In Astibula[17] they boarded a schooner, landing in Point Abino, Canada.  Point Abino is located just west of Buffalo, N.Y.

According to Henrietta, they:

“settled in the neighbourhood of Bertie, then Mother advertised for Father and he came at once.  In a short time, the family moved to a farm near St. Catherines owned by one Peter Smith.  There they were converted and baptized by Elder Christian of Toronto and became members of the Zion Church in St. Catherines, so in time they moved to Grand River with the intention of making a home there, and there they found the same God that had brought them from the land of boundage and in that humble cabin they erected an altar to the Almighty God to whom they served with Four others, John Taylor, Rosana Allan, Robert Bailey and Kisie Allan.  Then at the age of Nineteen, Mother and Father were married, he was Twenty-six years old.”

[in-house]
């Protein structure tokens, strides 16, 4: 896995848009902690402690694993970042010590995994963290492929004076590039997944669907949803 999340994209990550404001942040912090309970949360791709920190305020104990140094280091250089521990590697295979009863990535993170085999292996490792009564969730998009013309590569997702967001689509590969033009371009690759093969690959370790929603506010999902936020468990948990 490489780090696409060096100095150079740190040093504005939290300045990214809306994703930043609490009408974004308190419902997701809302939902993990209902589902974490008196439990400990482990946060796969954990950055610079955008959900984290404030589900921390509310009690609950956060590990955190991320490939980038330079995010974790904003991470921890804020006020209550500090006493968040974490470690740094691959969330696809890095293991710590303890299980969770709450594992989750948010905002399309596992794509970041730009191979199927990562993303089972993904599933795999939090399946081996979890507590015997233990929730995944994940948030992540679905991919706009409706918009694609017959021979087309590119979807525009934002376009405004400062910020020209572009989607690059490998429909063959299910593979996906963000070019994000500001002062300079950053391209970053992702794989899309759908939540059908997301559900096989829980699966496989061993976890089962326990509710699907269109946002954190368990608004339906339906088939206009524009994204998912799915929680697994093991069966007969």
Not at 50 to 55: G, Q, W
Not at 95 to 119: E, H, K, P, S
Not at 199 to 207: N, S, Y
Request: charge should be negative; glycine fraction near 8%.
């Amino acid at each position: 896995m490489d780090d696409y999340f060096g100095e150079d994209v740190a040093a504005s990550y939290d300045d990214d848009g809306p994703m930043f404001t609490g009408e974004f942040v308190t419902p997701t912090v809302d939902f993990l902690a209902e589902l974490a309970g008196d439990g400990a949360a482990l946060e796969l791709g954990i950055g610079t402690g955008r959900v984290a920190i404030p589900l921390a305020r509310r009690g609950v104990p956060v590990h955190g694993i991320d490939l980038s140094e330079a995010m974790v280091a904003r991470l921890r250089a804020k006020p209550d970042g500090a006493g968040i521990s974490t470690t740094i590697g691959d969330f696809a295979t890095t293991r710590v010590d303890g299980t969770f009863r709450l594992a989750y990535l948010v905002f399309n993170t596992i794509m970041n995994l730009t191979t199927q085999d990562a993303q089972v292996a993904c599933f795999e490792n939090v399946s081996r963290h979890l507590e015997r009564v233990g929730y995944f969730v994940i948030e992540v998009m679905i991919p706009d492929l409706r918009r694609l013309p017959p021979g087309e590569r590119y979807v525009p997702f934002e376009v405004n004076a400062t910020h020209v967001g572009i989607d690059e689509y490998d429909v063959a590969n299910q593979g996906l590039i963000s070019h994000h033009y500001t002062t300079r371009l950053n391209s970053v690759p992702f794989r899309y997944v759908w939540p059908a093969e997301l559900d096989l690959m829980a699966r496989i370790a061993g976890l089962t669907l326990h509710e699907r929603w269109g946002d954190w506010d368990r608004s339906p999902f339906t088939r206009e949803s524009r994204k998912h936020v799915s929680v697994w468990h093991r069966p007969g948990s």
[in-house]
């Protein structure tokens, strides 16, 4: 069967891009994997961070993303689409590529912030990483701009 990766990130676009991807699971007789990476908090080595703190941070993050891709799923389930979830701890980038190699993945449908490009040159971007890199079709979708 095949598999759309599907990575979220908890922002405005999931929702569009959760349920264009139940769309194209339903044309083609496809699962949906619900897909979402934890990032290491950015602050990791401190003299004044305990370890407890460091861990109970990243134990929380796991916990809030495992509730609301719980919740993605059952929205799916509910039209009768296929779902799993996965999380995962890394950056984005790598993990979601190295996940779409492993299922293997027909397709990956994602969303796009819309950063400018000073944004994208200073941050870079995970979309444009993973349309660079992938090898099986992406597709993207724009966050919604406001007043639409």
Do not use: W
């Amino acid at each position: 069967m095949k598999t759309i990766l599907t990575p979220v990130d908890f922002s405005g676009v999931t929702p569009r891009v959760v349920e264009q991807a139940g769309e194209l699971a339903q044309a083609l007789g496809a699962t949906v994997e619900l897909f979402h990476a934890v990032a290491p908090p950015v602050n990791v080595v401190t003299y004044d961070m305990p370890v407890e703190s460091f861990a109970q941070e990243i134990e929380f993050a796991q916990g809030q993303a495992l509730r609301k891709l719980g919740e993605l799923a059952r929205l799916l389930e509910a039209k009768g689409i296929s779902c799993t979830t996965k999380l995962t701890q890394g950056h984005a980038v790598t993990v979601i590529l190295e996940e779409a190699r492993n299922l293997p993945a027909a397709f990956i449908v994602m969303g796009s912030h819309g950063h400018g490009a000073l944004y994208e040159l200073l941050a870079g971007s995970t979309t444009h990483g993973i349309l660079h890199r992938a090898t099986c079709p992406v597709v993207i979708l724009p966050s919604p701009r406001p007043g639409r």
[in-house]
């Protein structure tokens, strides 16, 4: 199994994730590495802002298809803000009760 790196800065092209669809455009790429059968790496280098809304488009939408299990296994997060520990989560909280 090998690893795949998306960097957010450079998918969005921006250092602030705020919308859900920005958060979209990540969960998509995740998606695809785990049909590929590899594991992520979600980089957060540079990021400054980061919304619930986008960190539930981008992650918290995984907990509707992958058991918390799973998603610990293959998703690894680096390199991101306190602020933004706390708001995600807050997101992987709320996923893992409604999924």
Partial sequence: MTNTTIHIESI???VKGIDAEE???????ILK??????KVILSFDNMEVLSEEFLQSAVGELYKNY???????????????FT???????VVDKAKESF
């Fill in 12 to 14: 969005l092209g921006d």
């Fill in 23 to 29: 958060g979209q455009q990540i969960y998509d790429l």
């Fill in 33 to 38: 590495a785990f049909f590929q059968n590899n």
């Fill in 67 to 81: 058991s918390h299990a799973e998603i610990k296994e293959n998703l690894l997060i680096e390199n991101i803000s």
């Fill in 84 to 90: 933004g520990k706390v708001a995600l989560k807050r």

By 1851, Lucy and Stepney were living in the Township of North Cayuga with their nine children:  Henrietta, Ellen, Andrew, Eliza, George, William, Charity (William’s mother), Emelia, and David.  The 1851 Census of Canada East, Canada West, New Brunswick, and Nova Scotia reports Stepney as a farmer, shows the family as Baptist, and notes their dwelling as a one story log cabin. They are marked as “Colored persons – Negroes” [18].  According to an article in the Hamilton Spectator[19], Lucy and Stepney were among the first black settlers in Cayuga.  Stepney and Lucy went on to have three more children Martha, Josephine, and Sarah (who died at birth), for a total of thirteen.[20]